The US has risked inflaming tensions with Iran by blocking the entry of Tehran’s chosen envoy to the United Nations.
Tehran had named Hamid Aboutalebi as its envoy but his selection was seen as provocative since he was said to a member of the group that stormed the US embassy in Tehran in 1979 and held 52 Americans hostage for more than a year.
Attempts by the US to persuade Iran to nominate someone else failed and the white House has now announced it will not issue Aboutalebi with a visa to enter the US, where the UN is based.
White House spokesman Jay Carney said: "We've communicated with the Iranians at a number of levels and made clear our position on this - and that includes our position that the selection was not viable. Our position is that we will not be issuing him a visa."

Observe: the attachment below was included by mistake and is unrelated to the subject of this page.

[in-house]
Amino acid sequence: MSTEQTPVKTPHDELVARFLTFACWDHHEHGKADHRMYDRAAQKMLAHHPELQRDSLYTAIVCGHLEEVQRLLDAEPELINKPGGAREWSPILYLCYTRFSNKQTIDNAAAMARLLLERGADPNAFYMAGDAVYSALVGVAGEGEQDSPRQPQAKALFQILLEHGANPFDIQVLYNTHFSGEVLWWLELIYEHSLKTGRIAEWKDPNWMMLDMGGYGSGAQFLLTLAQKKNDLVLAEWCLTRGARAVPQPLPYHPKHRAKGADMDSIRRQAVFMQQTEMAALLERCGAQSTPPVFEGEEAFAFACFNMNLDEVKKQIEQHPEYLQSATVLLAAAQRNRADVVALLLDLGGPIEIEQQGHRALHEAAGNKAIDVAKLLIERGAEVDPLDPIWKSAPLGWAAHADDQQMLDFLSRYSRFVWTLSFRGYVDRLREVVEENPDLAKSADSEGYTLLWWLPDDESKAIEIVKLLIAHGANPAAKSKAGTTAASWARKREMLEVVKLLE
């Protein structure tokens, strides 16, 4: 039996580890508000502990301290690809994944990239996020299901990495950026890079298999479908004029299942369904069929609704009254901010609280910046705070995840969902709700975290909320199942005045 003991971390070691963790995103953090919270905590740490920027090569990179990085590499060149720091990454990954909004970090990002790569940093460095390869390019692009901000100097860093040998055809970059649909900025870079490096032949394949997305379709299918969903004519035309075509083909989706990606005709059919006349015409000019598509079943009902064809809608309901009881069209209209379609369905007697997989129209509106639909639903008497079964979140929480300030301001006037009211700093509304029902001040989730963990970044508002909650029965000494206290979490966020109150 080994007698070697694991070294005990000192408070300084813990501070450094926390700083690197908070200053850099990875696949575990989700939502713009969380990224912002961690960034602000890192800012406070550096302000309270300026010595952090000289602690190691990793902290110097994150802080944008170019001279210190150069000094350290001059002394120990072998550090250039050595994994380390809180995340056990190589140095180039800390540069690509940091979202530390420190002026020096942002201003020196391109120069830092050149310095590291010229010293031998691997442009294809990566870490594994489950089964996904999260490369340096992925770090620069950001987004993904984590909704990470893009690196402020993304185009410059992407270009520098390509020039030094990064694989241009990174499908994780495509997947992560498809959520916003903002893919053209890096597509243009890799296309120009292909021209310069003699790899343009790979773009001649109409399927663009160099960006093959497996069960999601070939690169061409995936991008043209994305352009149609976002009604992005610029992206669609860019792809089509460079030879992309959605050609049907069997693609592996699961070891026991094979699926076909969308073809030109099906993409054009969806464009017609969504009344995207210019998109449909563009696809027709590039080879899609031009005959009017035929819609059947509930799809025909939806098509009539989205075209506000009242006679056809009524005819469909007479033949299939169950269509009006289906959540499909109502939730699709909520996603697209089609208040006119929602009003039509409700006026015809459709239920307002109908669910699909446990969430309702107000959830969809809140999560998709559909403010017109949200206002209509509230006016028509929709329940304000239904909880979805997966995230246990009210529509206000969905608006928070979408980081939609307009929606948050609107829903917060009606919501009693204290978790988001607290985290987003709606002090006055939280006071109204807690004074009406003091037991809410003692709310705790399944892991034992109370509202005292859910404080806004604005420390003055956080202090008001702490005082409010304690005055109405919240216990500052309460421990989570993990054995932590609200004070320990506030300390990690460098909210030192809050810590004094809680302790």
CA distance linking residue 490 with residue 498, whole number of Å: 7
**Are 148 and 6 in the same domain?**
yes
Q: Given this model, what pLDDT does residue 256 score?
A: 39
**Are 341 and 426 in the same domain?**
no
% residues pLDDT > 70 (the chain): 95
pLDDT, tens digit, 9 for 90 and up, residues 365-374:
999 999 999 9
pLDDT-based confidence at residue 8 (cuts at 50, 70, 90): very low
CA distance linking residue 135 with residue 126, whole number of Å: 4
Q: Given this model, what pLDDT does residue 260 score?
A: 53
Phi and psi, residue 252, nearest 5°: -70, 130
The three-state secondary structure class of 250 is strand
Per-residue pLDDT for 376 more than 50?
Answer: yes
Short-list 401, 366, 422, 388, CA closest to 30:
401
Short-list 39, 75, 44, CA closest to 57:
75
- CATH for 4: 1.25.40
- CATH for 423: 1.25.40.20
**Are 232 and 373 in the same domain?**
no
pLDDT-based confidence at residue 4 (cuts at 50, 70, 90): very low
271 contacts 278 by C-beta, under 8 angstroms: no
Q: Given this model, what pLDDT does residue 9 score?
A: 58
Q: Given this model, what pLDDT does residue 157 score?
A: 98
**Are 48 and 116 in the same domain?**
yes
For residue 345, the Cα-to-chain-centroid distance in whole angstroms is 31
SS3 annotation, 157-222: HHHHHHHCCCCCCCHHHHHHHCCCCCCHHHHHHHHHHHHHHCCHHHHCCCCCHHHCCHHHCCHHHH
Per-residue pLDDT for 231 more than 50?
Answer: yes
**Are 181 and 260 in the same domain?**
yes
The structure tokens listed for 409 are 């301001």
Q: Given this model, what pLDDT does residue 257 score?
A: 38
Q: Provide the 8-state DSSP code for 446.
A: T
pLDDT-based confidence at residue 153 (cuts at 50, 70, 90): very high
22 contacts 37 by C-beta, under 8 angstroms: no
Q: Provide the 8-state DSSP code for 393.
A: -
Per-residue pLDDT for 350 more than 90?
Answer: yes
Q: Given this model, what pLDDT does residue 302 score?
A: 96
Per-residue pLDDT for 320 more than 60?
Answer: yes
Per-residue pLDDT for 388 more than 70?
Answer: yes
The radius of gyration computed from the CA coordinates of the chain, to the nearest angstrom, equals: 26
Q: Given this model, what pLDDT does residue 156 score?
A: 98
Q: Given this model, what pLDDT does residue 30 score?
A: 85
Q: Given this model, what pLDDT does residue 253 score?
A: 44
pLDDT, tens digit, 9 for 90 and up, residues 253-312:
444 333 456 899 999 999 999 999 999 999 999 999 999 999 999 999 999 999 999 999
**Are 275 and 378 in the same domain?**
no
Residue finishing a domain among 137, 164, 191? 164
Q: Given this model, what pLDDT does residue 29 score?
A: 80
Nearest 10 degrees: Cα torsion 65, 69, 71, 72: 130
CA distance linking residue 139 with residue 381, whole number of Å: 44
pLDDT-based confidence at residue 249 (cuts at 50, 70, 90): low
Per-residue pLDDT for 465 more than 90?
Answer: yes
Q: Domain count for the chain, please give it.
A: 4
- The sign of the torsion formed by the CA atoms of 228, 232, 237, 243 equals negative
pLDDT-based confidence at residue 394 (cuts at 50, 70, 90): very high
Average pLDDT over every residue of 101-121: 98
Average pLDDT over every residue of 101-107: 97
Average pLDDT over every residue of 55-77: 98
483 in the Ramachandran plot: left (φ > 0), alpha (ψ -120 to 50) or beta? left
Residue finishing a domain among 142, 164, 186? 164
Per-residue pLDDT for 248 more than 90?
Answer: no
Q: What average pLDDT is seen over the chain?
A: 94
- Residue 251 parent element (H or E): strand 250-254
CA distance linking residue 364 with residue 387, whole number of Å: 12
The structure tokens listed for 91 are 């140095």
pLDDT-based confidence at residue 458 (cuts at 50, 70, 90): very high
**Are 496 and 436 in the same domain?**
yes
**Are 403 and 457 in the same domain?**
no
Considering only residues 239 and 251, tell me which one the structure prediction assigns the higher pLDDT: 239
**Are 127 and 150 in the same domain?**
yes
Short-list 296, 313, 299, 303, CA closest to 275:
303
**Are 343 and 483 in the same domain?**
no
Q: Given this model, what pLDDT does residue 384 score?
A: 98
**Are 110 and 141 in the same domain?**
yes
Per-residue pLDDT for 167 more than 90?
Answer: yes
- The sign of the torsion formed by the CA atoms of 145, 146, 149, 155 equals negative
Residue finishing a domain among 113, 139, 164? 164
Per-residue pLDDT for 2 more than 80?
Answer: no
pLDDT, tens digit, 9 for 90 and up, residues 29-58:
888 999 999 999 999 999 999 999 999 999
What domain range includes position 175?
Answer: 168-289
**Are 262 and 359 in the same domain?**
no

Officials said Undersecretary of State Wendy Sherman, the chief U.S. negotiator in the nuclear talks, informed Iranian officials involved in discussions in Vienna this week about the visa decision. The White House said it did not expect the negotiations, which are due to resume next month, to be affected.
However, Hamid Babaei, a spokesman for the Iranian UN Mission, accused the US of being in breach of international law and in contravention of “the obligation of the host country and the inherent right of sovereign member-states to designate their representatives to the United Nations".
Aboutalebi maintains his involvement in the group, Muslim Students Following the Imam's Line, that took over the embassy was limited to translation and negotiation.
The US is normally obliged to allow UN delegates to enter the country but an exception can be made if a visa applicant is found to have spied against the US or be a threat to its national security.